Inside this story:
- African Americans are 20 percent more likely to experience serious mental health problems than non-Hispanic whites.
- African Americans consistently receive lower-quality and culturally incompetent mental health care, and frequently turn to spiritual advisors and circles to fill the gap.
- God’s Way Christian Baptist Church is one of 11 faith-based organizations funded through the Hogg Foundation’s Faith-Based Initiative for African American Mental Heath Education, which aims to build on the unique strengths of churches and faith-based organizations in African American communities to educate about mental health.
- God’s Way’s Wellness and Empowerment Community Ministries provides a welcoming and inclusive space for congregants to engage in dialogue around mental health, and has created a positive ripple effect, enhancing overall community well-being.
For more than 12 years, Eugenia Kleinpeter endured an uphill climb as she attempted to locate mental health services for her children. It’s a struggle African Americans living in rural Texas know all too well.
Even though the proportion of African Americans living with mental health conditions is comparable with that of the general population, the National Alliance on Mental Illness reports that African Americans consistently receive lower-quality and culturally incompetent mental health care. This contributes to the greater severity of mental health issues among African Americans compared to non-Hispanic whites.
For years, Eugenia sought the right kind of support for her eldest son Greg, who, like four of his younger siblings, has special needs. As a child, he not only lacked adequate assistance for his speech impediment, but also had to stomach stigma from strangers and peers—even fellow churchgoers. “At church, my kids basically hung around me,” said Eugenia. “There was a lot of rejection—a lot of people keeping their kids close to them, or not saying hello.”
Often, in lieu of clinical sources of aid, African Americans turn to spiritual advisors and circles instead. At God’s Way Christian Baptist Church, however, Eugenia and her son found both. Eugenia shared, “They don’t stigmatize people there. God’s Way truly embraced my children and encouraged them to use their talents.”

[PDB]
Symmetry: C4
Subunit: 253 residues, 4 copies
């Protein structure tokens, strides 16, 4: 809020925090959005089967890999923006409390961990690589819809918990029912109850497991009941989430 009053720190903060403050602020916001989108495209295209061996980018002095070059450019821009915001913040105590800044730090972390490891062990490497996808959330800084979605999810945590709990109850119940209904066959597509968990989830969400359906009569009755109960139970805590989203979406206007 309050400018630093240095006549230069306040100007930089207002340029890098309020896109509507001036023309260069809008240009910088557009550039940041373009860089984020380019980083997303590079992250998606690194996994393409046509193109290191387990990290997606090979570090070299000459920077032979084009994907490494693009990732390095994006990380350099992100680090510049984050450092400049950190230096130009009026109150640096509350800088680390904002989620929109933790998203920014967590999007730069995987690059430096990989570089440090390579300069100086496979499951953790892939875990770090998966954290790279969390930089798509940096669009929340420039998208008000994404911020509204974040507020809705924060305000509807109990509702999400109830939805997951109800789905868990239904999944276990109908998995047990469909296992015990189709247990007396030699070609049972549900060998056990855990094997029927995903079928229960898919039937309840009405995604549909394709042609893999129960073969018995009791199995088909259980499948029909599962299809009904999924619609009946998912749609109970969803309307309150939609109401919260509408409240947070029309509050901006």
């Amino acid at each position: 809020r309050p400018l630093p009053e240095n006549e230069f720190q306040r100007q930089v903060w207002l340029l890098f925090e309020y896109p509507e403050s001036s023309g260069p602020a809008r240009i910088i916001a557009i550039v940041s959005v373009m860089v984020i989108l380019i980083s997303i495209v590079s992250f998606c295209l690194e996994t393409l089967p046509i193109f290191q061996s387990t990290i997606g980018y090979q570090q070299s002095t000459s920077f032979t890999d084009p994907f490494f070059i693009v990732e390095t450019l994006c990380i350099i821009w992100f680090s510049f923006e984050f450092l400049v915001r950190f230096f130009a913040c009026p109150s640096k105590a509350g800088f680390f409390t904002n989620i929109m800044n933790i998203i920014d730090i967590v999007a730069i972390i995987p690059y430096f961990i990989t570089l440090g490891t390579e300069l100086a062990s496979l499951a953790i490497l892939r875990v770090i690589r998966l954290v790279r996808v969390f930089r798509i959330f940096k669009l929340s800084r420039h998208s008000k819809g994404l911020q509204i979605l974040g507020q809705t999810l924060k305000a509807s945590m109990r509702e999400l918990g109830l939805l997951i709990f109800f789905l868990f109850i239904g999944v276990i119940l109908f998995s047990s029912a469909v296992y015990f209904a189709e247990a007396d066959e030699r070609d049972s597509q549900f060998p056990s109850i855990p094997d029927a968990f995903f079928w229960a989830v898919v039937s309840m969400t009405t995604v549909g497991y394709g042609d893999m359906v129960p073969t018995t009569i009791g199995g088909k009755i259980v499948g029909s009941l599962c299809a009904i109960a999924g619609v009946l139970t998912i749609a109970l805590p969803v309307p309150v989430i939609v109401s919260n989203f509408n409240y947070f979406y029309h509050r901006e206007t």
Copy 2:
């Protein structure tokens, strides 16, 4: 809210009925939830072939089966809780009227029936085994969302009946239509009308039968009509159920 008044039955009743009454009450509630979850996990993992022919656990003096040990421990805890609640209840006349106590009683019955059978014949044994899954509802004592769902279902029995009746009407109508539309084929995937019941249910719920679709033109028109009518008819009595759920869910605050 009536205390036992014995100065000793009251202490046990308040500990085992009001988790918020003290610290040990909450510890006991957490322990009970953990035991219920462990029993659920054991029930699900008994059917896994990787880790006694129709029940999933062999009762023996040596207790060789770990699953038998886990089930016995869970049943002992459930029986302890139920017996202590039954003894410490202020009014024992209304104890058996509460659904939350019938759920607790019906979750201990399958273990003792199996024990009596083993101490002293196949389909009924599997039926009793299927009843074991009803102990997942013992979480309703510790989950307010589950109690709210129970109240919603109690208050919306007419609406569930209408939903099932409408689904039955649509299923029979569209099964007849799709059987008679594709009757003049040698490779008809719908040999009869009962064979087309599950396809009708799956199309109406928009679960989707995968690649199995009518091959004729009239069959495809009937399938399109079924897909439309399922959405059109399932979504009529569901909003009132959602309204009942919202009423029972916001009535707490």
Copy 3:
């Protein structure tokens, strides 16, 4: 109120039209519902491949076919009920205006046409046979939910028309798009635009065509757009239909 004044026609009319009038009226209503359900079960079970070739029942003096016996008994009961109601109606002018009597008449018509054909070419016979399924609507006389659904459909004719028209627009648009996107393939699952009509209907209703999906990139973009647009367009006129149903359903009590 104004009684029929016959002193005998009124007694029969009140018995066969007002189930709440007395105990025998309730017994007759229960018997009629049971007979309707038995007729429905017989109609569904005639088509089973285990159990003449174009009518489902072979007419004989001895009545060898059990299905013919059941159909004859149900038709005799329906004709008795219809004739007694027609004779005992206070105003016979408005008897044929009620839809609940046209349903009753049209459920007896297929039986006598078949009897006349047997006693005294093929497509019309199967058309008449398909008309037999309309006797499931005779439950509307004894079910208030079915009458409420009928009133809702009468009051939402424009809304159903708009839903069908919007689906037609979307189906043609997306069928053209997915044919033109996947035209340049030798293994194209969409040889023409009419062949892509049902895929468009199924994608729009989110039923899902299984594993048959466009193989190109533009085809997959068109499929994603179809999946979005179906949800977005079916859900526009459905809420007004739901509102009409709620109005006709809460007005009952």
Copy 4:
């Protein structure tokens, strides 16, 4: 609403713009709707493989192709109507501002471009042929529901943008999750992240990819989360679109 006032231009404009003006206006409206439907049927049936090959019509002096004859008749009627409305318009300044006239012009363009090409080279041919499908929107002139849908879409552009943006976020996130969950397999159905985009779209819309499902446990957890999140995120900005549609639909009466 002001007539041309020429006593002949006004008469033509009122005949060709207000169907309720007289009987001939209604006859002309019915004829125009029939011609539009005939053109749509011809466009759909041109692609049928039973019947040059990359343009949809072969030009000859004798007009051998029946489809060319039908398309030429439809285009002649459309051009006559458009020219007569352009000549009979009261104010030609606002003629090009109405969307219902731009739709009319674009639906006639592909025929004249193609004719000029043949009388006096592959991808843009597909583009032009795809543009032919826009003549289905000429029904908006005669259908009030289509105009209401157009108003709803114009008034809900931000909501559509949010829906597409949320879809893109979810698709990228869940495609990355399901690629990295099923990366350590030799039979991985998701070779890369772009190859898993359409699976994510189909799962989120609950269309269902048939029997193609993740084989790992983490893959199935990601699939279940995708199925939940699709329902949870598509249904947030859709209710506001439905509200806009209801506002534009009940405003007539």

Led by Reverend Dr. B.R. Reese, God’s Way is one of 11 faith-based organizations that received funding through the Hogg Foundation’s Faith-Based Initiative for African American Mental Heath Education, which aims to build on the unique strengths of churches and faith-based organizations in African American communities to increase awareness about and change perceptions of mental health, recovery and wellness, and to connect congregants with culturally competent behavioral health resources. Grantees have used the funds to start or strengthen dialogues about mental health—both within their respective places of worship and with providers in surrounding communities.
Mental Health Dialogues: From Pulpit to Barbershop
When Greg was a teenager, Eugenia brought him to God’s Way for the first time. Now, over 20 years later, she serves the church as an Assistant Minister and Sunday School teacher. “My son loves to go to church,” she said. “He lights up when he sees the pastor. They’ve always included him—telling him they missed him, and asking how he’s been.”
Based in Taylor, Texas, the church and its pioneering Wellness and Empowerment Community Ministries (WECM) initiatives have created a culture of inclusivity and sensitivity that provides for the congregation’s spiritual and psychological needs. Though of modest size—the church convenes 50 to 100 attendees every Sunday—lessons learned and taught by God’s Way clergy have, thanks to evidence of success and word of mouth, traveled far and wide.
Health fairs, conferences, vacation bible school programs, and other community awareness events are helmed by the leaders at God’s Way—whose passion for mental health education, like Eugenia’s, often stems from their own experiences of enlightenment.